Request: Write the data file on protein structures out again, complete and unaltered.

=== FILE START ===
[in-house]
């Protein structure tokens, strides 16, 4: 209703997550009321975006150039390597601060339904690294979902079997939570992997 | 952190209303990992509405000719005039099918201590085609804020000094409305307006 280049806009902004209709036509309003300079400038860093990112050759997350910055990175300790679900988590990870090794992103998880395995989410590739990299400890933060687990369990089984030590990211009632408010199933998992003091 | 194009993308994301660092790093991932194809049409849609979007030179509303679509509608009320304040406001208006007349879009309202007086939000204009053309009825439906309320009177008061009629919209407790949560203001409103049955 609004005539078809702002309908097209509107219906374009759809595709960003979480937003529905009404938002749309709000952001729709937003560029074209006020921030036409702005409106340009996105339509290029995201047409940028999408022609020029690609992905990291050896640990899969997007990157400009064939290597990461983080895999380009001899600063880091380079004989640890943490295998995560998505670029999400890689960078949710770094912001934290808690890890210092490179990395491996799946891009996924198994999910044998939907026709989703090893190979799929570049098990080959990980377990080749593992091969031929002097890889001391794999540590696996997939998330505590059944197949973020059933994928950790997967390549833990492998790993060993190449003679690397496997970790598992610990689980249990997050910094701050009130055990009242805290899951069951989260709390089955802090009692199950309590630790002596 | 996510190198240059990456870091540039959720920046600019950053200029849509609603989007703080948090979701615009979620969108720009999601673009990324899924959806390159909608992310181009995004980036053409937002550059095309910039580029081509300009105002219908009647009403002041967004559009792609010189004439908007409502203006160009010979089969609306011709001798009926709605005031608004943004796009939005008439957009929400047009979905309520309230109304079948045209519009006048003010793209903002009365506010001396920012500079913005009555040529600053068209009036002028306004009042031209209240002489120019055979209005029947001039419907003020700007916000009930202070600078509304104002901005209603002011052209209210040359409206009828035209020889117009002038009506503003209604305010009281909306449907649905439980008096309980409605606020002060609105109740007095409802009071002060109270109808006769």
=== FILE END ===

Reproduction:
[in-house]
């Protein structure tokens, strides 16, 4: 209703997550009321975006150039390597601060339904690294979902079997939570992997 | 952190209303990992509405000719005039099918201590085609804020000094409305307006 280049806009902004209709036509309003300079400038860093990112050759997350910055990175300790679900988590990870090794992103998880395995989410590739990299400890933060687990369990089984030590990211009632408010199933998992003091 | 194009993308994301660092790093991932194809049409849609979007030179509303679509509608009320304040406001208006007349879009309202007086939000204009053309009825439906309320009177008061009629919209407790949560203001409103049955 609004005539078809702002309908097209509107219906374009759809595709960003979480937003529905009404938002749309709000952001729709937003560029074209006020921030036409702005409106340009996105339509290029995201047409940028999408022609020029690609992905990291050896640990899969997007990157400009064939290597990461983080895999380009001899600063880091380079004989640890943490295998995560998505670029999400890689960078949710770094912001934290808690890890210092490179990395491996799946891009996924198994999910044998939907026709989703090893190979799929570049098990080959990980377990080749593992091969031929002097890889001391794999540590696996997939998330505590059944197949973020059933994928950790997967390549833990492998790993060993190449003679690397496997970790598992610990689980249990997050910094701050009130055990009242805290899951069951989260709390089955802090009692199950309590630790002596 | 996510190198240059990456870091540039959720920046600019950053200029849509609603989007703080948090979701615009979620969108720009999601673009990324899924959806390159909608992310181009995004980036053409937002550059095309910039580029081509300009105002219908009647009403002041967004559009792609010189004439908007409502203006160009010979089969609306011709001798009926709605005031608004943004796009939005008439957009929400047009979905309520309230109304079948045209519009006048003010793209903002009365506010001396920012500079913005009555040529600053068209009036002028306004009042031209209240002489120019055979209005029947001039419907003020700007916000009930202070600078509304104002901005209603002011052209209210040359409206009828035209020889117009002038009506503003209604305010009281909306449907649905439980008096309980409605606020002060609105109740007095409802009071002060109270109808006769």